Recipe courtesy of Chez Ray
Show: Chef Du Jour
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1 hr 20 min
20 min
1 hr



Cut squash into medium size pieces, scrape out seeds and stringy flesh and discard. Steam cleaned pieces of squash for 10 to 15 minutes until tender. Remove skin and mash smooth. Place stock in a saucepan and heat until simmering. In a large heavy saucepan over medium heat, fry bacon piece until crisp. Remove bacon, leaving grease in the pan. Crumble bacon for use as a garnish and set aside. Add oil and shallots and cook for about 2 minutes. Stir in the rice and cook for 5 minutes over moderately high heat. Stir slowly but constantly. This will "toast" the rice and start to turn it slightly golden and feel loose and dry. You should start to hear the rice "click." Add the wine all at once to the rice and cook over fairly high heat to boil it down. When the rice is almost dry, stir in 1 cup of stock and mashed squash. Simmer until the sock is absorbed. Continue adding stock 1 cup at a time and stirring until rice becomes creamy while the grains remain separate and firm, but not hard in the center of the grain. This should take about 15 to 20 minutes. Add the nutmeg, salt, pepper and rosemary and stir. Stir in the butter and 1/2 cup Parmesan. Place in individual serving bowls and sprinkle with remaining cheese, crumbled bacon and a sprig of rosemary. Enjoy! Yield: 4 to 6 main course servings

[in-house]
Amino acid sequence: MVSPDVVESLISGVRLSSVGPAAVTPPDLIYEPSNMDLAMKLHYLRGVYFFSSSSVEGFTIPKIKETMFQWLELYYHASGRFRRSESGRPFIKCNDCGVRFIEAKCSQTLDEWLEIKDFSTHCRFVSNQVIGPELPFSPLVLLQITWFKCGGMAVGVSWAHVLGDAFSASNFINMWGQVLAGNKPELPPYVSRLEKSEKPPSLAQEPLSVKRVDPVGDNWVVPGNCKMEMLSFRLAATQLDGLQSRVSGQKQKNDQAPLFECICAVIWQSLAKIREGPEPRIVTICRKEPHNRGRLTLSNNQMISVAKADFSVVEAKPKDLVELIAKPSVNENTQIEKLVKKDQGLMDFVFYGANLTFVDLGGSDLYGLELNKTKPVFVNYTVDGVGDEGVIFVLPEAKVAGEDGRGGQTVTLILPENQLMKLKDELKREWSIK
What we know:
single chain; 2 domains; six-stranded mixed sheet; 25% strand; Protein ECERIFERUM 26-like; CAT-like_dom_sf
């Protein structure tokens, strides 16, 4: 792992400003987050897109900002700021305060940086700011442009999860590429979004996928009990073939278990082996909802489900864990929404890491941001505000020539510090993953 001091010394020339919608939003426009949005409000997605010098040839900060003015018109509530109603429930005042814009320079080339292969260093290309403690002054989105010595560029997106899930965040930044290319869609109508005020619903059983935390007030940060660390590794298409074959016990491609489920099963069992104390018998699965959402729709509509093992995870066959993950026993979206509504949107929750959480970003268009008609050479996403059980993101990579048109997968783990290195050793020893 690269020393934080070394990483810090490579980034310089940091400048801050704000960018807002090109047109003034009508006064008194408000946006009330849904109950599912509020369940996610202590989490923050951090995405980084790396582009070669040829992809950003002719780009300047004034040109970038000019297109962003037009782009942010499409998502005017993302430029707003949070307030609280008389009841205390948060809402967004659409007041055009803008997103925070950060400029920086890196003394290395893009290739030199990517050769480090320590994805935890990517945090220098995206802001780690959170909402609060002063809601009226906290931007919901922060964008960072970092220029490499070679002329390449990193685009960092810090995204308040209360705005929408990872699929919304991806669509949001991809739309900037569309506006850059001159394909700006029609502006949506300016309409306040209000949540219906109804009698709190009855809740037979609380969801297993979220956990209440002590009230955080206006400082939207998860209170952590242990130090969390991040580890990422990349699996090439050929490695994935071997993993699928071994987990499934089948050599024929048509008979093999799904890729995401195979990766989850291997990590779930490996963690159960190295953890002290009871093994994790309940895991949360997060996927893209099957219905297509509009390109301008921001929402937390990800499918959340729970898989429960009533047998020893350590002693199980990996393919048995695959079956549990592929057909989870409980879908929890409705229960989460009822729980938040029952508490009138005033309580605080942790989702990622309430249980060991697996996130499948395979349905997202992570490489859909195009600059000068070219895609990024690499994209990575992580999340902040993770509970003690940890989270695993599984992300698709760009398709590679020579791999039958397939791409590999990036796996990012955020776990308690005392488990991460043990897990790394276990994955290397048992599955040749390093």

Hints for success: The pot must be heavy on the bottom to keep the temperature even during the cooking process. Arborio is a short grained rice. It is very starchy, which is necessary to produce the desired result of a creamy risotto. Look for a fat opaque center in the rice, known as "LaPerla," this indicates a good starch content. Wine is the first liquid to be added to the rice. The first liquid will be absorbed totally and the acid in the wine balances the starch and adds flavor.

Toasting the rice seals in the flavor. There should be about 3 times the amount of stock as rice. Make sure the stock is very hot. The stock is added slowly to the rice and releases the starch gradually, creating a creamy texture. Constant stirring is needed to produce the best results

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